Complexity is really just a bundle of tools used to analyze the interaction of information structures. Not in the sense of imposed-from-above taxonomies, but in the sense of aggregate positional structures. If you have a collection of interrelating particles moving about and interacting which low-energy associations are going to persist. Evolution and Darwinian survival. How will they react to certain conditions? And what similarities will we find between structures that have survived and propagated? The adaptive, changing patterns that emerge out of non-linear systems are actually pretty easy to understand and predict. It’s just positional information swirling around in feedback loops. When you’re looking at things from the ground up, complex systems make perfect sense. The universe is just randomly distributed particles spinning down into their lowest energy state in relation to one another. This gives rise to stars as dust collapses together and various molecular structures as atoms find ways to snuggle closer. Organic muck settles into little whirlwinds of extended chemical reactions. Etc, etc. Soon we’re trading Pokemon cards and making little online ecosystems of metahumored webcomics.

Now, one of the metaphorical realities in complexity’s toolbox is a thing called Diminishing Returns. It’s a concept historically rooted in economics, but the distinction is of course irrelevant. If a structure is dependent on a rigid process of interaction with external realities there will come a point where those external realities cease facilitating that process as well as they had previously. That’s just a universal basic reality.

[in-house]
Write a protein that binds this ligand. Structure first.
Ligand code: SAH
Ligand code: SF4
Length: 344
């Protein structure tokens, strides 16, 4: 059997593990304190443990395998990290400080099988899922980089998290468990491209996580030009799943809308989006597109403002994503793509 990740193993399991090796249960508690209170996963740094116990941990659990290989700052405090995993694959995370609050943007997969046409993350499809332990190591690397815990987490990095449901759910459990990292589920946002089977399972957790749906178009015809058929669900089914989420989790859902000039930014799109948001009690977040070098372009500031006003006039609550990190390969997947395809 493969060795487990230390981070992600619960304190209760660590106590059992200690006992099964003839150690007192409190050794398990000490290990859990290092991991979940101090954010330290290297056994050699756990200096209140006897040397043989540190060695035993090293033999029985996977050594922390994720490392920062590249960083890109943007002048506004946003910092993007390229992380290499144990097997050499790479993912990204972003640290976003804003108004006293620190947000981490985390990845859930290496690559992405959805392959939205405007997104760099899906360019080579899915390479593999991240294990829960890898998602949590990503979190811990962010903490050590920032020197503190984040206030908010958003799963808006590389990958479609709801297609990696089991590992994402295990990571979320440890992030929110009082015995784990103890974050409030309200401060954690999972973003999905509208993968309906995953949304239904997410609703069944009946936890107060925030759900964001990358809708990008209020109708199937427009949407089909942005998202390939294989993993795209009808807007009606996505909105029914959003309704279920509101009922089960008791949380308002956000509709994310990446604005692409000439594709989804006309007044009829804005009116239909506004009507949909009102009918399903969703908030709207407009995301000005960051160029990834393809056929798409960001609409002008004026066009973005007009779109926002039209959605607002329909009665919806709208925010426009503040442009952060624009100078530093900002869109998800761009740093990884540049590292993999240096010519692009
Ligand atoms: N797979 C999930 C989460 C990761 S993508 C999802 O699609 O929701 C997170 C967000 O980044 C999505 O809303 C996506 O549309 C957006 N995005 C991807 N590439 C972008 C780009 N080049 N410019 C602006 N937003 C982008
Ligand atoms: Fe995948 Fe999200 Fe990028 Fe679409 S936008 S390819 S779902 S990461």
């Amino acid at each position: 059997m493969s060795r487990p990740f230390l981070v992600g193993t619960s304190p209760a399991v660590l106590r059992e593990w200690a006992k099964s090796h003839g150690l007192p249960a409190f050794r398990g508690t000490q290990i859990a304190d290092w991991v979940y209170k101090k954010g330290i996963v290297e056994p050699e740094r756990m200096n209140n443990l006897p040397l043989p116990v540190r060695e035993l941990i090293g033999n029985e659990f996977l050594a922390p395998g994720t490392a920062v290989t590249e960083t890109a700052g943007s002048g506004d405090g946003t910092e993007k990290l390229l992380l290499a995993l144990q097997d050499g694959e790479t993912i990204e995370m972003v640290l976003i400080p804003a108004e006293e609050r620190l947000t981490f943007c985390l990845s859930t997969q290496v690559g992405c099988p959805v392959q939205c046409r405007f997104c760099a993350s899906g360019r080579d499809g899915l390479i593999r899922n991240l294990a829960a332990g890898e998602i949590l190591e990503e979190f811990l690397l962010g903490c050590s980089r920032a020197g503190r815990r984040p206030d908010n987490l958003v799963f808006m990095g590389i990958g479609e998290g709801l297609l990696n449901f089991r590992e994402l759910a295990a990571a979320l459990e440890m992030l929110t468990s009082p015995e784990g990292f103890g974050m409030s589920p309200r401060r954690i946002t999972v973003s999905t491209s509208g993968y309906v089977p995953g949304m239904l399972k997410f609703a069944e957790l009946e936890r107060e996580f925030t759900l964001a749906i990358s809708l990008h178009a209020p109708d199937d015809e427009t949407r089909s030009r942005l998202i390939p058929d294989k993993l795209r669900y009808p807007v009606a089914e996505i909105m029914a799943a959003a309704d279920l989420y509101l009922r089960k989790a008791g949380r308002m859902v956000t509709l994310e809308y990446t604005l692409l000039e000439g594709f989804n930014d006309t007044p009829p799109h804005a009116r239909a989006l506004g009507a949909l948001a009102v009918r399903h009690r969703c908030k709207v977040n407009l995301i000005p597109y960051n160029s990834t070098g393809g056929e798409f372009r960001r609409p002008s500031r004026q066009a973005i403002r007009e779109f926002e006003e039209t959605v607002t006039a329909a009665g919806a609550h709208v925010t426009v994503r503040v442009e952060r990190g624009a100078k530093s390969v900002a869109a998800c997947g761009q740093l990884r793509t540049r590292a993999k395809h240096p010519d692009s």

Foxes multiply until the rabbit supply stops being conducive to making more foxes. Each bushel of seed a farmer buys to plant generates a directly proportional increase of crops until he’s completely covered his land. This usually isn’t a catastrophic problem. But if the foxes are horny buggers and keep buggering each other and competing viciously for rabbits even as they starve to death then there ain’t gonna be all too many foxes left come spring. If the farmer’s a dolt and keeps spending all the cash he’s got on seeds then not only will he fail to recoup his expenditures, but any sudden turn of events could lose him the farm.

This, quite obviously, has a fair bit of relevance with respect to our civilization.

The problem is Godesky wants to declare that increases in “complexity” itself are subject to diminishing returns. In other words, making a system more and more complex requires more and more energy… until one reaches the point where making the smallest increase in the system’s “degree of complexity” requires a near-infinite amount of energy.

He’s not the first to speak of increases in a system’s “complexity”, but note that his use is singular amid all the other social “scientists” who’ve strayed into such language because he wants to derive a fundamental, universal, core principle from it.

Of course, on the surface, Godesky’s thesis suffices a cursory comparison to the realities of our civilization. The more “complex” an industry’s process, the more obviously awkward, clunky, and likely to fail it tends to be. Right? But his implied definition flounders under deeper scrutiny. Who’s to say that the processes of turning trees into toothpicks is less “complex” than the processes of an aborigine’s hunt?! Certainly we give more names and express more symbolic logic relating to toothpick manufacturing, but it seems unrealistic to state that the vast network of interrelations between the hunter and her environment is less “complex.”